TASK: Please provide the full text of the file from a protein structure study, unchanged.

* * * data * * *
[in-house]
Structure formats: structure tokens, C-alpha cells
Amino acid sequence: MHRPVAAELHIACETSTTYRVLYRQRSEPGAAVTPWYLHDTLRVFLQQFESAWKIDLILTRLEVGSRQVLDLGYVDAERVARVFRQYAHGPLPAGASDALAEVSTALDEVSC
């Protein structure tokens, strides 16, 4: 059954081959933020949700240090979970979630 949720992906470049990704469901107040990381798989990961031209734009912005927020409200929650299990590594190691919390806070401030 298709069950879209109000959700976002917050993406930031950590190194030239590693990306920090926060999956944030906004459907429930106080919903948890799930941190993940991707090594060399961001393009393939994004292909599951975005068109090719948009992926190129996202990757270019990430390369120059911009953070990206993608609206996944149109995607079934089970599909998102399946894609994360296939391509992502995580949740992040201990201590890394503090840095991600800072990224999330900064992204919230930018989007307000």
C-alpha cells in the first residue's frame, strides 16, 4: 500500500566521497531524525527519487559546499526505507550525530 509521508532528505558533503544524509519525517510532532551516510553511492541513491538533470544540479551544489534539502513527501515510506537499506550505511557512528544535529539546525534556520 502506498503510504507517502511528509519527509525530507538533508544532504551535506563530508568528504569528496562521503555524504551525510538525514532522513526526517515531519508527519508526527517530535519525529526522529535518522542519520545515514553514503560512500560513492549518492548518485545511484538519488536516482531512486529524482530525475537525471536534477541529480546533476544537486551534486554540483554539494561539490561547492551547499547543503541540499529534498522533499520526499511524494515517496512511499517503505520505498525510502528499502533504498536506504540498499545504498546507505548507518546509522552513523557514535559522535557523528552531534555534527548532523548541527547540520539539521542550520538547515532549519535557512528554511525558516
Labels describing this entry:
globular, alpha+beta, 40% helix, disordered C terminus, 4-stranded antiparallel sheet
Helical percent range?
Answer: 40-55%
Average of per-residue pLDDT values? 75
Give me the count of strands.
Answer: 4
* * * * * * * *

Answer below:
[in-house]
Structure formats: structure tokens, C-alpha cells
Amino acid sequence: MHRPVAAELHIACETSTTYRVLYRQRSEPGAAVTPWYLHDTLRVFLQQFESAWKIDLILTRLEVGSRQVLDLGYVDAERVARVFRQYAHGPLPAGASDALAEVSTALDEVSC
């Protein structure tokens, strides 16, 4: 059954081959933020949700240090979970979630 949720992906470049990704469901107040990381798989990961031209734009912005927020409200929650299990590594190691919390806070401030 298709069950879209109000959700976002917050993406930031950590190194030239590693990306920090926060999956944030906004459907429930106080919903948890799930941190993940991707090594060399961001393009393939994004292909599951975005068109090719948009992926190129996202990757270019990430390369120059911009953070990206993608609206996944149109995607079934089970599909998102399946894609994360296939391509992502995580949740992040201990201590890394503090840095991600800072990224999330900064992204919230930018989007307000």
C-alpha cells in the first residue's frame, strides 16, 4: 500500500566521497531524525527519487559546499526505507550525530 509521508532528505558533503544524509519525517510532532551516510553511492541513491538533470544540479551544489534539502513527501515510506537499506550505511557512528544535529539546525534556520 502506498503510504507517502511528509519527509525530507538533508544532504551535506563530508568528504569528496562521503555524504551525510538525514532522513526526517515531519508527519508526527517530535519525529526522529535518522542519520545515514553514503560512500560513492549518492548518485545511484538519488536516482531512486529524482530525475537525471536534477541529480546533476544537486551534486554540483554539494561539490561547492551547499547543503541540499529534498522533499520526499511524494515517496512511499517503505520505498525510502528499502533504498536506504540498499545504498546507505548507518546509522552513523557514535559522535557523528552531534555534527548532523548541527547540520539539521542550520538547515532549519535557512528554511525558516
Labels describing this entry:
globular, alpha+beta, 40% helix, disordered C terminus, 4-stranded antiparallel sheet
Helical percent range?
Answer: 40-55%
Average of per-residue pLDDT values? 75
Give me the count of strands.
Answer: 4